In Experiment 2 we extended our understanding of this relation by conducting an experiment that would complement both Experiment 1 and the Ellis and Oakes (2006) study. Specifically, we sought to replicate the general finding from Experiment 1 with toddlers closer in age to Ellis and Oakes using the categorical distinctions used in that study. In addition, in Experiment 2 we examined whether adaptive categorization by 14- to 16-month-old toddlers is spontaneous or emerges as a response to the demonstration.
Twenty-three 14-month-old (9 girls, M = 63.10 weeks, SD = 1.04 weeks, range: 61.00–64.71 weeks) and twenty-five 16-month-old (15 girls, M = 71.51 weeks, SD = 1.28 weeks, range: 69.86–75.43 weeks) monolingual toddlers participated at the University of Iowa. Data from 5 additional toddlers were not included in the final analyses due to parental interference (n = 2), fussiness (n = 2), and lack of interest (n = 1).
The stimuli were four balls (a pink plastic ball, a blue foam ball, a green rubber ball and a white wiffle ball) and four blocks (a white fuzzy cube, an orange plastic block, a red plastic block and a plastic block with a picture on each side), ranging in size from 5.50 to 8.00 cm (see Figure 1).2 Two objects from each group were deformable and two were rigid. The “frog” can-crusher used by Ellis and Oakes (2006) was also used.
We administered two warm-up tasks: a tea party with the experimenter (approximately 2 minutes), and, as in Ellis and Oakes (2006), an animals/vehicles sequential-touching task (approximately 2 minutes). Note that because the animals/vehicles can be made on the basis of perceptual, conceptual or functional similarity, this initial task would not bias toddlers to attend to overall appearance or material, but rather would encourage them to touch the stimuli, therefore increasing their participation in our main task.
The main task was the same as Experiment 1 except that there were two demonstration conditions. In the material demonstration condition, the experimenter (1) placed the frog can-crusher on the table, (2) positioned ball and block inside the can-crusher saying “Look what this does!” and (3) attempted to squish it by pressing down on the can-crusher. In the appearance demonstration condition, the experimenter (1) held up each ball and block and (2) said “Look at this!” Note we still used two categorical distinctions in this study: one was apparent simply by looking at the objects (balls vs. blocks) while the other required the toddlers to interact with the objects (hard vs. soft).
Initial analyses revealed no effect of age on performance, all p’s > .33; this variable was not included in any of the reported analyses.
As in Experiment 1, we examined group trends using MRLs and patterns of individual touching using MSLs. We conducted the correlations between appearance- and material-MRLs and vocabulary separately for the two demonstration conditions.3 None of these correlations were significant for the appearance demonstration condition (Table 1). In the material demonstration condition, in contrast, vocabulary was positively correlated with material-based MRLs after the demonstration. Thus, attention to the less obvious property appears to be related to vocabulary, but only if that property was demonstrated. Indeed, the correlation between vocabulary and material-based MRL for the material-demonstration condition was significantly greater than that for the appearance-demonstration condition, Z = 2.47, p = .01, two-tailed.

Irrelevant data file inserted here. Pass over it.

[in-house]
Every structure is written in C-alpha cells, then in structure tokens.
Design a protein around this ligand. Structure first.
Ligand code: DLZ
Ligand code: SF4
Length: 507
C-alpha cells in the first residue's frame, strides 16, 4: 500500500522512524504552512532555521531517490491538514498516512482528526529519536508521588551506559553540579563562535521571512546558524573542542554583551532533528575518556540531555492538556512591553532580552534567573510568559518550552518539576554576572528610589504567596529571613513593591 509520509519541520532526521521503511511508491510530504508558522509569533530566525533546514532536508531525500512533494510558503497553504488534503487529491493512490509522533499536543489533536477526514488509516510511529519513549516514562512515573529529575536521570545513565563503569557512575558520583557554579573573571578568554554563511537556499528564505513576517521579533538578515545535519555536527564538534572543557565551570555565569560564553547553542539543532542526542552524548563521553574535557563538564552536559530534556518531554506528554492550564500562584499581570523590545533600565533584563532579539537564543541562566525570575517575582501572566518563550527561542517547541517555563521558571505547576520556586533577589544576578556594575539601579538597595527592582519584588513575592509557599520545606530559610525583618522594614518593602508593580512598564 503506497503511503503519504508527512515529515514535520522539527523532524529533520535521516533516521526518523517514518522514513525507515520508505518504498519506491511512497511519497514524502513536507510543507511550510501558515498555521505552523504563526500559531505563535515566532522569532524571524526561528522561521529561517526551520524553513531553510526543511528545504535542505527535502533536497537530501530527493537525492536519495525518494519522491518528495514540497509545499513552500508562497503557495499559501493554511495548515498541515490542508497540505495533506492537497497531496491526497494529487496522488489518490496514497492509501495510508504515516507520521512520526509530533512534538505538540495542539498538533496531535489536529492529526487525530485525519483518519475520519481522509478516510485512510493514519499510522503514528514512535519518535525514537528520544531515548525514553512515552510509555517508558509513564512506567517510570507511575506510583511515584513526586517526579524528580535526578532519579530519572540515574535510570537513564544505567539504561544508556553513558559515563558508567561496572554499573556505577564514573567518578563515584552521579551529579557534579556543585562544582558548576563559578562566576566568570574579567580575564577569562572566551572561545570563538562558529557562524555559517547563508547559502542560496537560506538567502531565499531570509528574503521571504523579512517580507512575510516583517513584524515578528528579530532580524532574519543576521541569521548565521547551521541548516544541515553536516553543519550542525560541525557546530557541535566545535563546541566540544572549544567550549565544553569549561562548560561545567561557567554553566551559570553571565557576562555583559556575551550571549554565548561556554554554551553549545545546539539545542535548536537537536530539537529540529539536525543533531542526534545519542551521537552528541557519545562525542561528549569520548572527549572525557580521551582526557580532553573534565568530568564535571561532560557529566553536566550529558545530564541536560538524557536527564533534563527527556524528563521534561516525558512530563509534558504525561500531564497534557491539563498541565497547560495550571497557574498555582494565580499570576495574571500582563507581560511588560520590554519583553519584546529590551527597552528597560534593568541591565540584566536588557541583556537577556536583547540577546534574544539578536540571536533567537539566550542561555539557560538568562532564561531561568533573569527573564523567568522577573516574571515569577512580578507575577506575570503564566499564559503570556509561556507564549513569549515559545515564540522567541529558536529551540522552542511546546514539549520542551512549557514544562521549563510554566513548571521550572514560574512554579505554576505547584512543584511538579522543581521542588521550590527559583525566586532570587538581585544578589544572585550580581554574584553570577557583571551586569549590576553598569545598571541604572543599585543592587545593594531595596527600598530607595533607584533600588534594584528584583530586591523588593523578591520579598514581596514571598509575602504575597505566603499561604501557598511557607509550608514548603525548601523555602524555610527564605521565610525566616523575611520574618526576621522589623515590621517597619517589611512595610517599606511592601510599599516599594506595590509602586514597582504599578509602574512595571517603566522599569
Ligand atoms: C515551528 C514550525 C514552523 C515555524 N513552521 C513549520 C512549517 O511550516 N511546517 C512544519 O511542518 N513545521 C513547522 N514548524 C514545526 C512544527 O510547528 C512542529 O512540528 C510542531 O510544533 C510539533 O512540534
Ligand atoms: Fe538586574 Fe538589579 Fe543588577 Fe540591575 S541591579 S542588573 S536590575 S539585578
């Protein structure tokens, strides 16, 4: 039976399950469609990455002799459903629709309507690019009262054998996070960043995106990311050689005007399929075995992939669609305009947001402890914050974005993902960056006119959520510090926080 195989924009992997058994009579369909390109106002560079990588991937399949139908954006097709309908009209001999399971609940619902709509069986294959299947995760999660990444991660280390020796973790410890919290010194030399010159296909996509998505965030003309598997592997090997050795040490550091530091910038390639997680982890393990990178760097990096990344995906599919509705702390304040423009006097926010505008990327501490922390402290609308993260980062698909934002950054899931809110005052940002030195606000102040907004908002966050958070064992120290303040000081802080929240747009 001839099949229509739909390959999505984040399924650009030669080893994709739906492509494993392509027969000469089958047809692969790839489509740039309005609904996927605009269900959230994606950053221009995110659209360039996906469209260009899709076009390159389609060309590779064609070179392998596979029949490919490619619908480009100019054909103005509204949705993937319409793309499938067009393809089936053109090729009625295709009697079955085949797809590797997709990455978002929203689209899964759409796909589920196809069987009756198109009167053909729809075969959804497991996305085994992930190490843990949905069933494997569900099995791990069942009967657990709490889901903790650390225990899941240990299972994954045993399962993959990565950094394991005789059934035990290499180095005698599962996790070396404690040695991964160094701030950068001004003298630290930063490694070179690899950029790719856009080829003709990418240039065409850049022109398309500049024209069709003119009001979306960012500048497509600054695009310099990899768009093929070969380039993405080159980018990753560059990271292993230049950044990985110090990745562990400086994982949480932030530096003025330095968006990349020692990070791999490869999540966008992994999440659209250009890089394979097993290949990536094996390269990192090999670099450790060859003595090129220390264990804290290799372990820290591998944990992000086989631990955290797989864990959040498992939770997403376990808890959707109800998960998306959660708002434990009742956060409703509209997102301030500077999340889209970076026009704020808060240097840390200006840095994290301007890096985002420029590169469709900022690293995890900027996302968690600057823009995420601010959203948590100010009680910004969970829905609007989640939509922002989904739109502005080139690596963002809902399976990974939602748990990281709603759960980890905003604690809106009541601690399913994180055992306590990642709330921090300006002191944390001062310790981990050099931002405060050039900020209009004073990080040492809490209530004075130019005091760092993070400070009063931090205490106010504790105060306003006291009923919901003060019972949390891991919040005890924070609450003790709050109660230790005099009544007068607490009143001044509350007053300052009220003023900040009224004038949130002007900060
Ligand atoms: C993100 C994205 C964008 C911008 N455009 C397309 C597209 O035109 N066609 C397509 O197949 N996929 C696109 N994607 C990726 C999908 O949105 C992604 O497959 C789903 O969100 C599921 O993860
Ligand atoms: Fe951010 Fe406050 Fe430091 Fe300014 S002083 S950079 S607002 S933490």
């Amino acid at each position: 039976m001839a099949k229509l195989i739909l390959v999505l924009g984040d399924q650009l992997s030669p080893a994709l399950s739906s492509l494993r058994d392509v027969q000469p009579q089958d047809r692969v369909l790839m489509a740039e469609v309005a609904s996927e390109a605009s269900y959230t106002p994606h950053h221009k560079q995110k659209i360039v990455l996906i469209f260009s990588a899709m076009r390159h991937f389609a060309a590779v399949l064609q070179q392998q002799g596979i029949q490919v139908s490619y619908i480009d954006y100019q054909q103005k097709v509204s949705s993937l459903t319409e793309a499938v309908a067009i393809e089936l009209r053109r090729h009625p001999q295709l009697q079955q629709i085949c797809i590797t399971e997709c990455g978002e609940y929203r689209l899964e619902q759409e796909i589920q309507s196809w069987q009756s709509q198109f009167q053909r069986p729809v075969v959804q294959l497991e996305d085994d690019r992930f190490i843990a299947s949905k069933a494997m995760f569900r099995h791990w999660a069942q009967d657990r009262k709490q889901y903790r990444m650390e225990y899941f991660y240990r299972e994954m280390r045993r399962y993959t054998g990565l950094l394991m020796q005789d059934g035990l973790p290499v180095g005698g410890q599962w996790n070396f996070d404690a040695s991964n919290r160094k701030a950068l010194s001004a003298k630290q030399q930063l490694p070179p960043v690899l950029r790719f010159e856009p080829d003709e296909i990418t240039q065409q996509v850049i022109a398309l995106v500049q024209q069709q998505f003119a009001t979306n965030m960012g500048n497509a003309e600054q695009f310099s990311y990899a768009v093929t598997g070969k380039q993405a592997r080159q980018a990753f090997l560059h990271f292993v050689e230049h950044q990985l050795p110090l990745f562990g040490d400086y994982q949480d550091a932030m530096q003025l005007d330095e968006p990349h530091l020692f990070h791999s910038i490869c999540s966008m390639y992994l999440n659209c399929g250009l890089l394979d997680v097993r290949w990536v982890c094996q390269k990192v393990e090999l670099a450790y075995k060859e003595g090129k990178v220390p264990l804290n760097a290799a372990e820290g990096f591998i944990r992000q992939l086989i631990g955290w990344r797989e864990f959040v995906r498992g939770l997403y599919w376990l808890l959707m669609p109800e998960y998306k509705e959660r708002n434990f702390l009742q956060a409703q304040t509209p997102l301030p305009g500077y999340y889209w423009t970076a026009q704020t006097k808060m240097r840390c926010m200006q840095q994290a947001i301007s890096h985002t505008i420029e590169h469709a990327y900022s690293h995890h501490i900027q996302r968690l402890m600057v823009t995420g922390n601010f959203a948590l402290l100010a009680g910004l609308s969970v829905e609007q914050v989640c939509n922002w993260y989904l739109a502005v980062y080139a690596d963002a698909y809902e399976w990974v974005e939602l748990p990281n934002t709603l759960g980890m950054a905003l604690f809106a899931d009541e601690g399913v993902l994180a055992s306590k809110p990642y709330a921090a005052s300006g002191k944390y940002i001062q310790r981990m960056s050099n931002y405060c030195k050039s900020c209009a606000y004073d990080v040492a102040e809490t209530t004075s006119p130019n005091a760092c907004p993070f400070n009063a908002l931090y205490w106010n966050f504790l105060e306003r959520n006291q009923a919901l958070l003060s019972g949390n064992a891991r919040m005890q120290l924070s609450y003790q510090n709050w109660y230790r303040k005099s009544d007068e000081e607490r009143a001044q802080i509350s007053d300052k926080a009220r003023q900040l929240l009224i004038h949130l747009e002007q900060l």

Next, we split the sample based on median vocabulary (see Table 6 for the resulting 4 groups). An ANOVA conducted on vocabulary scores with Demonstration Condition (material, appearance) and Vocabulary Group (high, low) as between-subjects factors revealed only a main effect of Vocabulary Group, F (1,44) = 41.54, p < .0001, confirming that the demonstration groups did not differ in vocabulary. The joint influences of vocabulary and demonstration on toddlers’ adaptive categorization was examined with separate mixed-design ANOVAs on appearance- based and material-based MRLs with Demonstration (pre-, post-) as the repeated measure and Demonstration Condition and Vocabulary Group as between-subjects factors. The ANOVA on appearance-based MRLs yielded a Condition by Vocabulary Group interaction, F (1,44) = 4.42, p < .05, due to toddlers in the high vocabulary/ material demonstration group having the largest appearance-based MRLs (M = 2.89, SD = 1.19), followed by toddlers in the low vocabulary/appearance demonstration group (M = 2.25, SD = .79), the low vocabulary/ material demonstration group (M = 2.20, SD = .95) and the high vocabulary/appearance demonstration group (M = 1.85, SD = .42). This unexpected interaction did not appear to reflect the responding of the group as a whole. Rather, two children in the high vocabulary/material demonstration group had appearance-based MRLs of > 7.66 before the demonstration. Thus, the significant interaction is neither clear nor meaningful. We elected to include the data from these toddlers in all the analyses, however, because their striking attention to appearance works against our hypothesis of attention to material.